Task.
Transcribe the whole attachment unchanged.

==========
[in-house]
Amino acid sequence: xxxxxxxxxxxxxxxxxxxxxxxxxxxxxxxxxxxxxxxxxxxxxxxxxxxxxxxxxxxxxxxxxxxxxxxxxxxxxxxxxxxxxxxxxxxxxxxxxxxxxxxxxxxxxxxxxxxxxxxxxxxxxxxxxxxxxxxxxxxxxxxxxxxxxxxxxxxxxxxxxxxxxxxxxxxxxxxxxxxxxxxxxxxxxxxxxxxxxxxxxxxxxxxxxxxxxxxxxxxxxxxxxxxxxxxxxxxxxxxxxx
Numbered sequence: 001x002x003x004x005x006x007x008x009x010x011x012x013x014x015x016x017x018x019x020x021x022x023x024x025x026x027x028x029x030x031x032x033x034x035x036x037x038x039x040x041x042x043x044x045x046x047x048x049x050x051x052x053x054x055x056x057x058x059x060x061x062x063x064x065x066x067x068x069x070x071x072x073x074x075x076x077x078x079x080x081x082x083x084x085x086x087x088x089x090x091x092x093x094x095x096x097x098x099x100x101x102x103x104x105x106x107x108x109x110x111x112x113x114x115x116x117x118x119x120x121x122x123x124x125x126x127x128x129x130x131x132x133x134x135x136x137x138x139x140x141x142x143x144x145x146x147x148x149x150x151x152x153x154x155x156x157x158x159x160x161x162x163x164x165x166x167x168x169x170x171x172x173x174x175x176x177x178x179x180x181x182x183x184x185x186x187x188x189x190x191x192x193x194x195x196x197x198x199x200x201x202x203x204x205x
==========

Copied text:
[in-house]
Amino acid sequence: xxxxxxxxxxxxxxxxxxxxxxxxxxxxxxxxxxxxxxxxxxxxxxxxxxxxxxxxxxxxxxxxxxxxxxxxxxxxxxxxxxxxxxxxxxxxxxxxxxxxxxxxxxxxxxxxxxxxxxxxxxxxxxxxxxxxxxxxxxxxxxxxxxxxxxxxxxxxxxxxxxxxxxxxxxxxxxxxxxxxxxxxxxxxxxxxxxxxxxxxxxxxxxxxxxxxxxxxxxxxxxxxxxxxxxxxxxxxxxxxxx
Numbered sequence: 001x002x003x004x005x006x007x008x009x010x011x012x013x014x015x016x017x018x019x020x021x022x023x024x025x026x027x028x029x030x031x032x033x034x035x036x037x038x039x040x041x042x043x044x045x046x047x048x049x050x051x052x053x054x055x056x057x058x059x060x061x062x063x064x065x066x067x068x069x070x071x072x073x074x075x076x077x078x079x080x081x082x083x084x085x086x087x088x089x090x091x092x093x094x095x096x097x098x099x100x101x102x103x104x105x106x107x108x109x110x111x112x113x114x115x116x117x118x119x120x121x122x123x124x125x126x127x128x129x130x131x132x133x134x135x136x137x138x139x140x141x142x143x144x145x146x147x148x149x150x151x152x153x154x155x156x157x158x159x160x161x162x163x164x165x166x167x168x169x170x171x172x173x174x175x176x177x178x179x180x181x182x183x184x185x186x187x188x189x190x191x192x193x194x195x196x197x198x199x200x201x202x203x204x205x